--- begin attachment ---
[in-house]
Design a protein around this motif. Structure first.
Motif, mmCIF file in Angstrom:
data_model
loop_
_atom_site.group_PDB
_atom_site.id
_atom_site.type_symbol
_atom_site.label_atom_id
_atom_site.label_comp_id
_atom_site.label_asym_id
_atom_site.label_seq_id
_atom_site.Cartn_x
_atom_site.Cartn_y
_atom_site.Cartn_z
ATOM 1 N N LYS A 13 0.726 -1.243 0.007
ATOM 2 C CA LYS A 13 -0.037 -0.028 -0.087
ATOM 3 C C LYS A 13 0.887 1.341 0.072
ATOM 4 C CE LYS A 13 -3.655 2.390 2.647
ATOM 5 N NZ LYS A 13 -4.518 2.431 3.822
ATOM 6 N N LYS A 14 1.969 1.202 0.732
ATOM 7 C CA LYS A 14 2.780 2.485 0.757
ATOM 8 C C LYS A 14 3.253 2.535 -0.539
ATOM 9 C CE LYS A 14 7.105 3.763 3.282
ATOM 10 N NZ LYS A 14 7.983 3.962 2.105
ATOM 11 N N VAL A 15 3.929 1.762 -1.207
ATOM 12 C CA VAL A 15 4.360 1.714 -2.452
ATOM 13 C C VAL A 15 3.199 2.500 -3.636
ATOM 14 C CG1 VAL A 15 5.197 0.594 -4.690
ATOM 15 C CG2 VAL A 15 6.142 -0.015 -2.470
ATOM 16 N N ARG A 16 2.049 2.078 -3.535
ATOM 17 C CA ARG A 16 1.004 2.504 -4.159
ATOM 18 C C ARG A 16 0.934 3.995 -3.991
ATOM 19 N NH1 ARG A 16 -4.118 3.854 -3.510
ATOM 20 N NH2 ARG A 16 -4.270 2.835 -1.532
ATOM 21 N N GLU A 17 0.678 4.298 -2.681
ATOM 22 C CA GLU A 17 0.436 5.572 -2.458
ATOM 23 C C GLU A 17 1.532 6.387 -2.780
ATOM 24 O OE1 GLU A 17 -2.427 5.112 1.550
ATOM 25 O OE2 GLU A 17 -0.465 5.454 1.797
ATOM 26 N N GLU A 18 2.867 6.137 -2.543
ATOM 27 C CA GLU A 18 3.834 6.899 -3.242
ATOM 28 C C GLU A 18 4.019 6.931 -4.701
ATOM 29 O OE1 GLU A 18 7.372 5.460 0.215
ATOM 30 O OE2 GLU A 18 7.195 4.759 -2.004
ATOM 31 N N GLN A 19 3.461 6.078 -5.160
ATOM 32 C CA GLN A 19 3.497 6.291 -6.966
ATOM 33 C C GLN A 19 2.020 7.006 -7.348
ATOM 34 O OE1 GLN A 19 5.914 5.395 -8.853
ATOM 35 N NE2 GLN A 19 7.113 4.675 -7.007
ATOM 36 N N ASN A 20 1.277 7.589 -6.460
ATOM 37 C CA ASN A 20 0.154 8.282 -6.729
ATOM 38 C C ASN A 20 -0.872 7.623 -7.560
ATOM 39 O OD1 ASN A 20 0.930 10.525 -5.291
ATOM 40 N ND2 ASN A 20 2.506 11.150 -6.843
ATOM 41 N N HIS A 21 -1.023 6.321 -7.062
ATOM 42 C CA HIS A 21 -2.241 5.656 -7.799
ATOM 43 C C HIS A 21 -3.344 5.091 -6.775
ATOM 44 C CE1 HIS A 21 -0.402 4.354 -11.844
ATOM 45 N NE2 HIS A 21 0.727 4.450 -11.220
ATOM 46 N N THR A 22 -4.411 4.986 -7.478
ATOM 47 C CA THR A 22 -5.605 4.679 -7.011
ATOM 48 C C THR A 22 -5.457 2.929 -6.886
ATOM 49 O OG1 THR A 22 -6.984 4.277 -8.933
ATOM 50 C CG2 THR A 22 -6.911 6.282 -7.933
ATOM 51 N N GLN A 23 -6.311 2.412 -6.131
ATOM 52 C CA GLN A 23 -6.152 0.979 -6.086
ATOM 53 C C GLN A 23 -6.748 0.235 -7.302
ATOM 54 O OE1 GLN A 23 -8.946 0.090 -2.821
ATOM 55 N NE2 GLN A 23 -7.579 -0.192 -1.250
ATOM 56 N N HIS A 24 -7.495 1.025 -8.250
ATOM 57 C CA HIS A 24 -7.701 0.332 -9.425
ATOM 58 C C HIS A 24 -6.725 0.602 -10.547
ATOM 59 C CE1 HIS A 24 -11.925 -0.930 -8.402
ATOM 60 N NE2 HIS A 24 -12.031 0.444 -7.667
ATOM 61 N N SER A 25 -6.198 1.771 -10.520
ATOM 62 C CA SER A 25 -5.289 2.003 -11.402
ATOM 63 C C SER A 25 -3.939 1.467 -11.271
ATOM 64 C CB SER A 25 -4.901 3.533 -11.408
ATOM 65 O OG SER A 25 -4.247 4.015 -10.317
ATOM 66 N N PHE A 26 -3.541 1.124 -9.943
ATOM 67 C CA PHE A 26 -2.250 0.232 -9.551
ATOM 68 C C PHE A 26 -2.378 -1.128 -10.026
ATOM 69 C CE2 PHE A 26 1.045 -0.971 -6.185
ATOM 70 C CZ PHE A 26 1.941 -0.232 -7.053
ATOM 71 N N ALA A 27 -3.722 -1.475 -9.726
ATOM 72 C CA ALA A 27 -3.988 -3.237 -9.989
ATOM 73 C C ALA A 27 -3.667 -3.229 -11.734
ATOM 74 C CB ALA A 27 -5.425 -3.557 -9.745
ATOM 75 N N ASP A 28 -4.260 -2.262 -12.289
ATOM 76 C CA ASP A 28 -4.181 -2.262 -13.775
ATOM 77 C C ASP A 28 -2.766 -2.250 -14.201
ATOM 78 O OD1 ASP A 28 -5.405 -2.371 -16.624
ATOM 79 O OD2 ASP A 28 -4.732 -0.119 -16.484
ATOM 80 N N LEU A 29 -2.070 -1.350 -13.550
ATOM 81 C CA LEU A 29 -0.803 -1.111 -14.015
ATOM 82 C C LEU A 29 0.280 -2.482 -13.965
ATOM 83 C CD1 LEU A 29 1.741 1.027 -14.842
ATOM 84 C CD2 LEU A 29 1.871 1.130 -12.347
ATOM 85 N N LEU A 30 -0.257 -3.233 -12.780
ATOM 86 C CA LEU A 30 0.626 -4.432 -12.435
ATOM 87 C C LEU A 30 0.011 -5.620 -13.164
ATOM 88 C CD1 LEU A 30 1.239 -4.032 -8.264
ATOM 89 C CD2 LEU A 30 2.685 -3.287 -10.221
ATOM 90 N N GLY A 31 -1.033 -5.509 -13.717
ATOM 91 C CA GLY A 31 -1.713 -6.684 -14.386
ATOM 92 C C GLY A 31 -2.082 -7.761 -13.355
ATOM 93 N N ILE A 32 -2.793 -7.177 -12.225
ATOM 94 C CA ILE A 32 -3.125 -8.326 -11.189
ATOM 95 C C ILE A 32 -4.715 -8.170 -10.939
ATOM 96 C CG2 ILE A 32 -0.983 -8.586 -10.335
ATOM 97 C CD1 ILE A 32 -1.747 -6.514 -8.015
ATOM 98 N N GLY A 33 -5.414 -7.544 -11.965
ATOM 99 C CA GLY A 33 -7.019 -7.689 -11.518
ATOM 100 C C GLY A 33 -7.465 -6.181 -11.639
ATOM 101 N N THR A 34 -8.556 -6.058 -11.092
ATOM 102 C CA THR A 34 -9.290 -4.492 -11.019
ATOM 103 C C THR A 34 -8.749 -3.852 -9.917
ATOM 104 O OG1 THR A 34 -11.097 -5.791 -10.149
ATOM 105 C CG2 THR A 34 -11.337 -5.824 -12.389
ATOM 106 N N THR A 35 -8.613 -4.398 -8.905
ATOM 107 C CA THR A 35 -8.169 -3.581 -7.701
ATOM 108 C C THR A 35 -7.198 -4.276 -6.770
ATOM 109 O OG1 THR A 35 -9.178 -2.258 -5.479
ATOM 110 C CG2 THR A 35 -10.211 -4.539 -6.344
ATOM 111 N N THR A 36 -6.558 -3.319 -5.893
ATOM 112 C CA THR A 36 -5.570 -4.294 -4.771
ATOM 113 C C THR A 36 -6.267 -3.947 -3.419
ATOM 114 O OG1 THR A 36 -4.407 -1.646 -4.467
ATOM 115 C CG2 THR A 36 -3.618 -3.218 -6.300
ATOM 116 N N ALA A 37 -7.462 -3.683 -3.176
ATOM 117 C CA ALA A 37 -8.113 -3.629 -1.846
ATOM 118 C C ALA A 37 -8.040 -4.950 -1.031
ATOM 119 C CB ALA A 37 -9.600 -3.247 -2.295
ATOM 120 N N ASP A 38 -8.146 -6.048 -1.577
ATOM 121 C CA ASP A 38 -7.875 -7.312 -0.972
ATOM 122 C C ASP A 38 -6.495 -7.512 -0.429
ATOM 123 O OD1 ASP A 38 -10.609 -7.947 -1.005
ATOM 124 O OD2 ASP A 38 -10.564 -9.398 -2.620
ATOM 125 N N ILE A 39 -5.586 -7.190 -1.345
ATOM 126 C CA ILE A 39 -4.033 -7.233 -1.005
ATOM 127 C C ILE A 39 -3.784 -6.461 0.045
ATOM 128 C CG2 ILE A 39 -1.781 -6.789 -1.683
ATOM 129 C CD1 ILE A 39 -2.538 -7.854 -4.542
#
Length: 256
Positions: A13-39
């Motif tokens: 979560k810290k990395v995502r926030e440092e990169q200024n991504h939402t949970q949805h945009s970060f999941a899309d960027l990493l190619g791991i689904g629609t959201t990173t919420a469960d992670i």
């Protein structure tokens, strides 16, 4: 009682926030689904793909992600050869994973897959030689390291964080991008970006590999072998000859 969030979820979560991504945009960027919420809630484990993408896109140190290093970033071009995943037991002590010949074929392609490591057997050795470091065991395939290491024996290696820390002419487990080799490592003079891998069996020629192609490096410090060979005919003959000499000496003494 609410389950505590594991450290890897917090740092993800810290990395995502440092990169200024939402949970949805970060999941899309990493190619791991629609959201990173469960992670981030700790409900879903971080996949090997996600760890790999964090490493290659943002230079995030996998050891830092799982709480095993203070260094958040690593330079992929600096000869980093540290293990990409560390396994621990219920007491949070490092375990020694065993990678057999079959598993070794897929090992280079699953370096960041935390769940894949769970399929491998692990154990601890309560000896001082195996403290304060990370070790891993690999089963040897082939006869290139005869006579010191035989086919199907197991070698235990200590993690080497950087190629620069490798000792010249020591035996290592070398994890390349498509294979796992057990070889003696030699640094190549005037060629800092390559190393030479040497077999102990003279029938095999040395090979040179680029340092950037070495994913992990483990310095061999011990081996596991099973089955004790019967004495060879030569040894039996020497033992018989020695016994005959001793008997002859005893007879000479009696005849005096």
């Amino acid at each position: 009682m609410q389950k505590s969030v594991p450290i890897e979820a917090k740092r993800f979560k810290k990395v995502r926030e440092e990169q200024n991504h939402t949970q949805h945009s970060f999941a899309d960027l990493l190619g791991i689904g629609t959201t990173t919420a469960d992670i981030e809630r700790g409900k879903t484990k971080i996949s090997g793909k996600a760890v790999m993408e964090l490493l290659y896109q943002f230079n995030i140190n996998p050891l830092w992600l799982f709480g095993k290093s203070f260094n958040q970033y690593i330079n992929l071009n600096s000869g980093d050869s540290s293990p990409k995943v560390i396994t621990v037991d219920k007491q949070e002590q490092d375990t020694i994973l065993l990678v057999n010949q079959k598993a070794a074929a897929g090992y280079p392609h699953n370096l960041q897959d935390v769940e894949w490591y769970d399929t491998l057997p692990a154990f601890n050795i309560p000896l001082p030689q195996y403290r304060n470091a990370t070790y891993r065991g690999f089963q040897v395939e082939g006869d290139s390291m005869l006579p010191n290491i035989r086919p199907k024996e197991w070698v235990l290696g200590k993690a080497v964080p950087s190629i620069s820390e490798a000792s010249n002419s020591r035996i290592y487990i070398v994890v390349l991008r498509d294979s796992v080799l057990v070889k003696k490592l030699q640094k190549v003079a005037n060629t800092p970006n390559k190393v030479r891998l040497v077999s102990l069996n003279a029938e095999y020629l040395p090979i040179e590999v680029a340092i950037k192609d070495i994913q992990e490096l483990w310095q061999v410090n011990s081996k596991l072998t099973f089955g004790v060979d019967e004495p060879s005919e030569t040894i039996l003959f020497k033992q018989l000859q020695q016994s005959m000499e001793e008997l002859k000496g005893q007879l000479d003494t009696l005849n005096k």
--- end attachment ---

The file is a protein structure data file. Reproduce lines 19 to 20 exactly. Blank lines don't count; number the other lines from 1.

ATOM 4 C CE LYS A 13 -3.655 2.390 2.647
ATOM 5 N NZ LYS A 13 -4.518 2.431 3.822